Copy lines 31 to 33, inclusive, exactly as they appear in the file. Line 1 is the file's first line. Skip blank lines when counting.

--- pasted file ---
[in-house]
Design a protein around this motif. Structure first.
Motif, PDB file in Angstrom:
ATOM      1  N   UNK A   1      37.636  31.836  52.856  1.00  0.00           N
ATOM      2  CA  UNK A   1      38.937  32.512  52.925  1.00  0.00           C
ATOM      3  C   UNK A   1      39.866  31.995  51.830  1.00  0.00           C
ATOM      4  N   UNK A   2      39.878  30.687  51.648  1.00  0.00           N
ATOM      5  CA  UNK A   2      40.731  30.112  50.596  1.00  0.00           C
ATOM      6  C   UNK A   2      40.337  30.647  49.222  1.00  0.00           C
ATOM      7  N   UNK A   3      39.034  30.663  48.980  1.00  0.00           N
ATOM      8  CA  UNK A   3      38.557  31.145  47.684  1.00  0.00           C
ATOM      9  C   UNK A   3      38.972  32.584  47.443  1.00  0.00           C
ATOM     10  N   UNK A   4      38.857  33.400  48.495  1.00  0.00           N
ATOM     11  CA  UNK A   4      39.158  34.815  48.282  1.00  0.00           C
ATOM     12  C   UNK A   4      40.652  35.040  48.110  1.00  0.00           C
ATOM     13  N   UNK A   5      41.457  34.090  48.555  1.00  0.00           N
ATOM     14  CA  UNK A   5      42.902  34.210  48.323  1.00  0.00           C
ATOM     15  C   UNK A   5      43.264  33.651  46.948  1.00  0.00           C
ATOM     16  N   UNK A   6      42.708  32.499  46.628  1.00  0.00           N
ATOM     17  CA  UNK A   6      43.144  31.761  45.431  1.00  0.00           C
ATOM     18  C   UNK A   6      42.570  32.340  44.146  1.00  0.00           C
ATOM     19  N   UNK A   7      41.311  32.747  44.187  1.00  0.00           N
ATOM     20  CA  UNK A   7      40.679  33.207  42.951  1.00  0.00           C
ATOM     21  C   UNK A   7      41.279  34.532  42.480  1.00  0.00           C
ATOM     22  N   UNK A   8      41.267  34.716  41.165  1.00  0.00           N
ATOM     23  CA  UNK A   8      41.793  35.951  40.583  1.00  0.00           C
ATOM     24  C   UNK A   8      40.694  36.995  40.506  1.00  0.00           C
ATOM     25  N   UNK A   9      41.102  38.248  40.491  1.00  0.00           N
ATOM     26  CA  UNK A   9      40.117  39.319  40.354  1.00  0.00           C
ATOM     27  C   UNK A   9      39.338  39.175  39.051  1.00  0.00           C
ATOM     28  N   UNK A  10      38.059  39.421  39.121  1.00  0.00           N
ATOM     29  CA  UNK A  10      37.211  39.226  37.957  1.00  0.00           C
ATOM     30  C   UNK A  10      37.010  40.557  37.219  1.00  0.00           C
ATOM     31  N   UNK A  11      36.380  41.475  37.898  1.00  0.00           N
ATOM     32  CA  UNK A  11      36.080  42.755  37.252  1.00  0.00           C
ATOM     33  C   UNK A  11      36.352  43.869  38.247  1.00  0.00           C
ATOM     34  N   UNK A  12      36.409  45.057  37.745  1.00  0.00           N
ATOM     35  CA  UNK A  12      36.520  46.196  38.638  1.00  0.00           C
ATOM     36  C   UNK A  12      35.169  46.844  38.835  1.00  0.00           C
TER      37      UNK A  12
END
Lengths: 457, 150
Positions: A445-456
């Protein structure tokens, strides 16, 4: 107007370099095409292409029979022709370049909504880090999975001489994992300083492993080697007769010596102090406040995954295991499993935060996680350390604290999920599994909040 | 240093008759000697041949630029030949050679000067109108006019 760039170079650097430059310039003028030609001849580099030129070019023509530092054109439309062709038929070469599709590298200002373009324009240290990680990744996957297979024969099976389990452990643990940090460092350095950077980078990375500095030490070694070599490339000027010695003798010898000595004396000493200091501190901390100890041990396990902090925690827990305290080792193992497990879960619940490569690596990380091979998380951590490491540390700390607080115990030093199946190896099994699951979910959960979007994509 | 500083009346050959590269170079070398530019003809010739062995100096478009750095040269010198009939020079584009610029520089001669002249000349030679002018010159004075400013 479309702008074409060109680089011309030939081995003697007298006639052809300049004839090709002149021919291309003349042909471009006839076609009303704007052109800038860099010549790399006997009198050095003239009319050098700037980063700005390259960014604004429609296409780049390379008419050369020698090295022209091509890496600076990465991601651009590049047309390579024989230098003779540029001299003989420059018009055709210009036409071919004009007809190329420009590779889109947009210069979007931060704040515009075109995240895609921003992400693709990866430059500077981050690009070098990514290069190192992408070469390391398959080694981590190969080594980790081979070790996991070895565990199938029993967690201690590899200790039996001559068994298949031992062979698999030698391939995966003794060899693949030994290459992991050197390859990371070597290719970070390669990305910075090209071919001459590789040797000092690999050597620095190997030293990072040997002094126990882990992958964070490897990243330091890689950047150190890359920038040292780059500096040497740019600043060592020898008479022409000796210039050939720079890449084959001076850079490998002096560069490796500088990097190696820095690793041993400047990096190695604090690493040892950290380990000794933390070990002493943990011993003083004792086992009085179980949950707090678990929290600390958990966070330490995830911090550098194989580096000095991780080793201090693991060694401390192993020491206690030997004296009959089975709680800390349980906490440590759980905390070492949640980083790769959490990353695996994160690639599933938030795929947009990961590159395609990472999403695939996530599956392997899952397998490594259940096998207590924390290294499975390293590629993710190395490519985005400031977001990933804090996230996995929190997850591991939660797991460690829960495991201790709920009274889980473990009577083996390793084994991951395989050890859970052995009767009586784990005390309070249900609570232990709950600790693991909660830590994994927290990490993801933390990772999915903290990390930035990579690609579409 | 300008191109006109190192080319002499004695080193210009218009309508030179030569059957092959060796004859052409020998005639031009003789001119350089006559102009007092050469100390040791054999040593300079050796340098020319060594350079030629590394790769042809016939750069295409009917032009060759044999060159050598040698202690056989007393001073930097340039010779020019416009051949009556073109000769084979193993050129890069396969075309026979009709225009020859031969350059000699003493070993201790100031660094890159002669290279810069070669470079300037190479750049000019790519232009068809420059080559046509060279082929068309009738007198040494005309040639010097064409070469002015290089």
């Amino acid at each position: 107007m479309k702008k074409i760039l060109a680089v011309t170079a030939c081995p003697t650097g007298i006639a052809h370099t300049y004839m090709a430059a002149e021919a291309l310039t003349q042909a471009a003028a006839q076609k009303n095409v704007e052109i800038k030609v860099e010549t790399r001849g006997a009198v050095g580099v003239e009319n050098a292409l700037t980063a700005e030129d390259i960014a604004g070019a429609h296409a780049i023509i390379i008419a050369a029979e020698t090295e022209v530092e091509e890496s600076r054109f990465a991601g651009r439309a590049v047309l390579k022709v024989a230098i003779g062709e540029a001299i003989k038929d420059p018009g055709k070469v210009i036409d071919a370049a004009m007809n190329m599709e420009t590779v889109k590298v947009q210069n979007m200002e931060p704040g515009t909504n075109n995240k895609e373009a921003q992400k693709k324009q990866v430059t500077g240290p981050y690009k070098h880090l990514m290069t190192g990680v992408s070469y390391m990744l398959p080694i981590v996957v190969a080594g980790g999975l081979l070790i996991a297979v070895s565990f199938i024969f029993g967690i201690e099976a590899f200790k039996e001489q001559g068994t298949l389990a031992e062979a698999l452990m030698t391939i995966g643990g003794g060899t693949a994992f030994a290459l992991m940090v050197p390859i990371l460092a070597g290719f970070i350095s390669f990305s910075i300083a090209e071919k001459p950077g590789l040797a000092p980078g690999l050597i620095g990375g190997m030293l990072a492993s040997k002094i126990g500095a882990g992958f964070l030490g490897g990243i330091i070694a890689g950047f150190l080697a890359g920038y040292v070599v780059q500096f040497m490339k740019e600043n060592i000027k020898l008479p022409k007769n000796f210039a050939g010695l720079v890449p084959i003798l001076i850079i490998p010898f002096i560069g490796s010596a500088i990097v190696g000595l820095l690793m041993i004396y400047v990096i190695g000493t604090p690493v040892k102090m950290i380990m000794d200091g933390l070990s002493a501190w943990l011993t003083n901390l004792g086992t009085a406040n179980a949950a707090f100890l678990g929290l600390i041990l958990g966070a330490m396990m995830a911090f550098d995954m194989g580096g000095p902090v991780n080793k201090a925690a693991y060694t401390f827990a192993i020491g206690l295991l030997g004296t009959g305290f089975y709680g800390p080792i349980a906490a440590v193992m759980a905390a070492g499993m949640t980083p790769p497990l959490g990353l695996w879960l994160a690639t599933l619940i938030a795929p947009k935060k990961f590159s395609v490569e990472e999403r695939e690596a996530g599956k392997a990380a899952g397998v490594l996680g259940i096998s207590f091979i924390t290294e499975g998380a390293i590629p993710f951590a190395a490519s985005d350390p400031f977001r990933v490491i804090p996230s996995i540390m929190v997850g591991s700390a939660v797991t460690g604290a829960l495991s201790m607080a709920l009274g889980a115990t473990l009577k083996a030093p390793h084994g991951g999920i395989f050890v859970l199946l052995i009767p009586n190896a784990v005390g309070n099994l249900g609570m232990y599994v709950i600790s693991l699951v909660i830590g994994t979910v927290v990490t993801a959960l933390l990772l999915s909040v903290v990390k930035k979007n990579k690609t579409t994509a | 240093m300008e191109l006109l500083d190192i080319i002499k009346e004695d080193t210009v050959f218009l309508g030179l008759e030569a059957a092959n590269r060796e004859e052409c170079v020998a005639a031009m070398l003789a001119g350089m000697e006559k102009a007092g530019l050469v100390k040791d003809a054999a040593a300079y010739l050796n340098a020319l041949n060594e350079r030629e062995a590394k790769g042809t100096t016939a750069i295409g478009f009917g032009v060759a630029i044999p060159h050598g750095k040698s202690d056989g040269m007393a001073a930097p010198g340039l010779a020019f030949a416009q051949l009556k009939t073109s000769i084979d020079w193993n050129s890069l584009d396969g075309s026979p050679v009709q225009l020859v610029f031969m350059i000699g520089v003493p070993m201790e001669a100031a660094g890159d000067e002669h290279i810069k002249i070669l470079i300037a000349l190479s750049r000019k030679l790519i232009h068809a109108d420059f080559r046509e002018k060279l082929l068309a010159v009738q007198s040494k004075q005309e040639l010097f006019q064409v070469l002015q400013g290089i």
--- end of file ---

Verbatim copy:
ATOM     28  N   UNK A  10      38.059  39.421  39.121  1.00  0.00           N
ATOM     29  CA  UNK A  10      37.211  39.226  37.957  1.00  0.00           C
ATOM     30  C   UNK A  10      37.010  40.557  37.219  1.00  0.00           C